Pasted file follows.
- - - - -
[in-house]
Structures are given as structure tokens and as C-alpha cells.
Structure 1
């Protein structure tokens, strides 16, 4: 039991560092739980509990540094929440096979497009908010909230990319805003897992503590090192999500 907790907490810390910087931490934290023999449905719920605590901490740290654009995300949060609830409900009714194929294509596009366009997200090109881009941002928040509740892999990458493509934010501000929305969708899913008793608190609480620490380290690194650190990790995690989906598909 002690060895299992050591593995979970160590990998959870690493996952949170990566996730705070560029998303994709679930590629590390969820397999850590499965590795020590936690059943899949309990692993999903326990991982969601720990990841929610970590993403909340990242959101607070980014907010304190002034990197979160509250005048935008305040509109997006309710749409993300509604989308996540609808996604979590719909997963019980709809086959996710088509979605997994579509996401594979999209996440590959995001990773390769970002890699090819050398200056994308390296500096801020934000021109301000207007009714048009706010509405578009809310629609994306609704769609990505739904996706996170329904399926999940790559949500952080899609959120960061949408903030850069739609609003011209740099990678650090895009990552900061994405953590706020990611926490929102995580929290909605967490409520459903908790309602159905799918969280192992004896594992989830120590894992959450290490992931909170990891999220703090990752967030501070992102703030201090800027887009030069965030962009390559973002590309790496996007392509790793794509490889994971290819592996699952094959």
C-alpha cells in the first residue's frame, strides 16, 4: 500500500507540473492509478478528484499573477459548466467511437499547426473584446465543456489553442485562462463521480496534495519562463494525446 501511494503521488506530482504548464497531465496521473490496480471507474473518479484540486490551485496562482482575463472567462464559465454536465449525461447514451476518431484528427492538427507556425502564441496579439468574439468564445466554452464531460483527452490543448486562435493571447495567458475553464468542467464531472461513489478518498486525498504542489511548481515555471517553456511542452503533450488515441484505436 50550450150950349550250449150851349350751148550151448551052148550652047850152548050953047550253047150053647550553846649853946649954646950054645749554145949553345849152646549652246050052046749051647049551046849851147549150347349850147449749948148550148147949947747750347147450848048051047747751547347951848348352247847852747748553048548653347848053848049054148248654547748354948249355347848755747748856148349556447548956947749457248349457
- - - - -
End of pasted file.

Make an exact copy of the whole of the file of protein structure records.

[in-house]
Structures are given as structure tokens and as C-alpha cells.
Structure 1
């Protein structure tokens, strides 16, 4: 039991560092739980509990540094929440096979497009908010909230990319805003897992503590090192999500 907790907490810390910087931490934290023999449905719920605590901490740290654009995300949060609830409900009714194929294509596009366009997200090109881009941002928040509740892999990458493509934010501000929305969708899913008793608190609480620490380290690194650190990790995690989906598909 002690060895299992050591593995979970160590990998959870690493996952949170990566996730705070560029998303994709679930590629590390969820397999850590499965590795020590936690059943899949309990692993999903326990991982969601720990990841929610970590993403909340990242959101607070980014907010304190002034990197979160509250005048935008305040509109997006309710749409993300509604989308996540609808996604979590719909997963019980709809086959996710088509979605997994579509996401594979999209996440590959995001990773390769970002890699090819050398200056994308390296500096801020934000021109301000207007009714048009706010509405578009809310629609994306609704769609990505739904996706996170329904399926999940790559949500952080899609959120960061949408903030850069739609609003011209740099990678650090895009990552900061994405953590706020990611926490929102995580929290909605967490409520459903908790309602159905799918969280192992004896594992989830120590894992959450290490992931909170990891999220703090990752967030501070992102703030201090800027887009030069965030962009390559973002590309790496996007392509790793794509490889994971290819592996699952094959």
C-alpha cells in the first residue's frame, strides 16, 4: 500500500507540473492509478478528484499573477459548466467511437499547426473584446465543456489553442485562462463521480496534495519562463494525446 501511494503521488506530482504548464497531465496521473490496480471507474473518479484540486490551485496562482482575463472567462464559465454536465449525461447514451476518431484528427492538427507556425502564441496579439468574439468564445466554452464531460483527452490543448486562435493571447495567458475553464468542467464531472461513489478518498486525498504542489511548481515555471517553456511542452503533450488515441484505436 50550450150950349550250449150851349350751148550151448551052148550652047850152548050953047550253047150053647550553846649853946649954646950054645749554145949553345849152646549652246050052046749051647049551046849851147549150347349850147449749948148550148147949947747750347147450848048051047747751547347951848348352247847852747748553048548653347848053848049054148248654547748354948249355347848755747748856148349556447548956947749457248349457